Claudia Roden: ‘What do I want from life now? Having people around my table’

Claudia Roden wasn’t sure that anyone would be interested in her writing another cookbook. “I kept telling my agent, ‘Nobody will want a book from an octogenarian!’” she says on a video call. Roden has just turned 85 to be exact, and she knew she wouldn’t have the energy for her usual process: travelling across countries and regions, painstakingly collecting recipes and stories from food lovers and chefs. But she is still a formidable home cook and relentless entertainer – for friends, for her children, now in their 50s and 60s, and their children – and, with a nudge from her agent, Roden wondered if there might be something in that.

“I was thinking, ‘What do I want from my life now?’” she says. “And I found that having people for dinner was what I enjoyed more than going to the theatre or to a concert. To have them just around my kitchen table was my idea and it will be what we cook. So I cooked hundreds of dishes and when we thought, ‘This is marvellous,’ it went in the book. I didn’t plan it to be Mediterranean. But it just was Mediterranean. Because that’s where I went.”

The result is Med, 120 recipes that bounce around between Cairo, Roden’s birthplace, and Genoa and Nice and Istanbul. Most of them are new and reflect “the way I like to eat now”: less meat, lots of intense, colourful salads and soups. There are more French dishes than you might expect; Roden mainly lives in Hampstead, but has kept a tiny studio in Paris for more than 30 years. “France has been, in a way, my second country,” she says, “and I never really wrote about it.”

There are also some stone-cold Roden classics, cherry-picked from a half-century chronicling the cuisines of Spain, Italy and the Middle East. “The way fashion goes is that people always want something new in food,” says Roden. “So quickly, something that has been overdone becomes passé and you’re ashamed to cook it. No, you shouldn’t be ashamed to cook it! If it’s great, you have to go on cooking it.”

Roden is in many ways the personification of these dishes: the food writer who never falls out of fashion. She began collecting recipes in 1956, while a student in London. The Suez crisis of that year turned many from Egypt into refugees: preserving the food culture of the Jewish community, and their Arab friends, was both practical (she wanted to eat those dishes again) and emotional. “For me, it was personal,” she says. “History was personal.” Her debut collection was the 1968 masterpiece, A Book of Middle Eastern Food.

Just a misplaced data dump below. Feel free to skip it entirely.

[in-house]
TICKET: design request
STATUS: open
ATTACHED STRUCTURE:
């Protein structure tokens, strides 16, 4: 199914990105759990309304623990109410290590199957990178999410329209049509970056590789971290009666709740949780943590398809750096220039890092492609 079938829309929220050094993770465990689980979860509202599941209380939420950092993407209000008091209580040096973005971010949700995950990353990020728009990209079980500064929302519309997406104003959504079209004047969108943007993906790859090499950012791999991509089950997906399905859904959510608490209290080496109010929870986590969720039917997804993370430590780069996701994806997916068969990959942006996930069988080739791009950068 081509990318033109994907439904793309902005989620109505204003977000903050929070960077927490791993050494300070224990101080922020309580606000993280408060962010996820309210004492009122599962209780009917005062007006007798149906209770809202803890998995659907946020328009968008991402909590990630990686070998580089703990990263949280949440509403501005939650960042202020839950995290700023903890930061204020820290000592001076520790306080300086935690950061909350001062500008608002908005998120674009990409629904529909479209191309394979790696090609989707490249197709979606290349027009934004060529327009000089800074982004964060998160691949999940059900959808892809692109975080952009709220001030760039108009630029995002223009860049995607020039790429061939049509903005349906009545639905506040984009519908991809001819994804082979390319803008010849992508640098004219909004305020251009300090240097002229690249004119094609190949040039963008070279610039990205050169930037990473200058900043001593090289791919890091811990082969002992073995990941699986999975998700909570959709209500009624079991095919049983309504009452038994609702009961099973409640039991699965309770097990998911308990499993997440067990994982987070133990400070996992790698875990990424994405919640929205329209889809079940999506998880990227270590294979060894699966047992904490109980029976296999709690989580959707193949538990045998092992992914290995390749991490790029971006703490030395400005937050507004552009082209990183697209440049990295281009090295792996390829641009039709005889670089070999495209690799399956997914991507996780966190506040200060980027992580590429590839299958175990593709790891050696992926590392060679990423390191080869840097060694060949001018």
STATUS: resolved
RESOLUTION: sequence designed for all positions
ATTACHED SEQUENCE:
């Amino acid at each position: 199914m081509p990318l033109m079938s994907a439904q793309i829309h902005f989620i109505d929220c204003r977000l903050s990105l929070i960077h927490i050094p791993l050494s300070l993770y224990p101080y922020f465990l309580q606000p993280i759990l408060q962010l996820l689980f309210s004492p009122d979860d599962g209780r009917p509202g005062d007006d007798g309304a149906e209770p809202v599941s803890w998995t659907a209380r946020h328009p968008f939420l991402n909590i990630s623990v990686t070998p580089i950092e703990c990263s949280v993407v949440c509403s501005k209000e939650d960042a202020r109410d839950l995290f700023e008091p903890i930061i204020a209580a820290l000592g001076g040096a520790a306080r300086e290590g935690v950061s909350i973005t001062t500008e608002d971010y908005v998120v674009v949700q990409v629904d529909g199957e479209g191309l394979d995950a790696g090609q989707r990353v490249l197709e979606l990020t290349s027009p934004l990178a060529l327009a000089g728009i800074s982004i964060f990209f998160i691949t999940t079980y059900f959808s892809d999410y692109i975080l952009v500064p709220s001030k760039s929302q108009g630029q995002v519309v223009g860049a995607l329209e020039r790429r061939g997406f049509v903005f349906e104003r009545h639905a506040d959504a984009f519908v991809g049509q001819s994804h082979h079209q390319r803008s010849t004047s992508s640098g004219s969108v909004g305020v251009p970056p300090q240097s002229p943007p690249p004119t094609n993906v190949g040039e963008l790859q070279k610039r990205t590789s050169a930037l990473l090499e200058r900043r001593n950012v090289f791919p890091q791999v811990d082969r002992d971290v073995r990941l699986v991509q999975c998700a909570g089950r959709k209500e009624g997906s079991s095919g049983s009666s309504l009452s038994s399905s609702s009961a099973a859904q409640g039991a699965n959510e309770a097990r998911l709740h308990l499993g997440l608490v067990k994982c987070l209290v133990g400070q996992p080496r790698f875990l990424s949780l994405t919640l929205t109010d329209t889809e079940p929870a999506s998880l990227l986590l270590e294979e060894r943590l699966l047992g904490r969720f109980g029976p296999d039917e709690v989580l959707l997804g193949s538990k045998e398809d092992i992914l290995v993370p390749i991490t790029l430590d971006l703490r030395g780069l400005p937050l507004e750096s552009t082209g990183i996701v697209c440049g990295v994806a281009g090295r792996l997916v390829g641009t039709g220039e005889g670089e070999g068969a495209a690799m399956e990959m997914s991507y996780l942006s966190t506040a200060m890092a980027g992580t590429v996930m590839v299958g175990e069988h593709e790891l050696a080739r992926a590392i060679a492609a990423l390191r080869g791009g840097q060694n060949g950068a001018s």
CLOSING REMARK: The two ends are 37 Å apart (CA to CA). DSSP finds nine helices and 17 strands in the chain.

In London, Roden’s marriage dissolved, but she is proud that she supported her three children with her food writing: Food of Italy (1989), The Book of Jewish Food in 1997 and 2012’s The Food of Spain among them. These were mainly aimed at home cooks, but quickly found their way into the most ambitious professional kitchens. “I remember going to the River Café with Madhur Jaffrey,” smiles Roden, “and I asked about a dish, and Rose Gray said, ‘Well, you should know! It’s your recipe.’”

The words and photographs on these pages are a testament to some of the chefs that Roden has inspired: Yotam Ottolenghi, Samantha Clark from Moro and José Pizarro. All of them have become regulars around Roden’s dining table, and all acknowledge their debt to her research. But this hasn’t always been the case. “The food writer Colin Spencer wrote once, ‘We all know all our Middle Eastern recipes come from Claudia Roden,’” says Roden. “But I knew that because I could see they were using Egyptian Jewish spelling for names. And I knew they weren’t travelling around.”

How best to describe Roden has proved difficult over the years. Simon Schama went for “memorialist, historian, ethnographer, anthropologist, essayist, poet”. Roden laughs, “Oh no, because I never even went to university. So I’m just not a scholar. And whenever people say anthropologist, I say, ‘No, I’m just not that.’ Because they really have the rules and ways of dealing with things. I call myself a food writer. I just find a dish and want to learn all about it.”

One might have expected the Covid lockdowns to be punishing on the ever-gregarious Roden, and you would be half-right. “I just felt, ‘Oh my God, if it lasts more than three months, I couldn’t bear it,’” she says. “But actually, it was an advantage because everything was cancelled and I could work on the book. And my family kept coming to the garden.”

Roden is rightly proud of Med, and it has given her the taste to keep writing. She thinks she might like to “go back and really redo the Middle East – but in a smaller way”. Roden may be an octogenarian, but she’s not finished yet: “Definitely. I have to have a hope of something.” Then she whispers, “Secretly, I’ve never said that before.”

Chef, restaurateur and food writer

I came across Claudia Roden in the late 1990s. The first book of hers I got to know pretty well was The Book of Jewish Food: if there was ever a dish I needed the recipe for, I’d immediately go to Claudia. And it happened often. I didn’t grow up in a very traditional home and we didn’t cook a lot of Jewish food, especially not eastern European Jewish food. But you go to Claudia’s book and everything is there: well explained, within a context. And it’s also full of stories. So it’s kind of brilliant, because it does everything.

What she does so well is the mix-up of the scholarly and the practical. Often cookbooks are either great recipe books or they’re good books about the history or the sociological aspects of food. But she does both really, really well. Every time you meet up with her, she’ll tell you about a dish or about a tradition, and it will always be through interactions, real interactions she has with people. She’s so easy to be with that I’d imagine any person she chose to talk to would immediately open their hearts and their recipe books and tell their stories and secrets.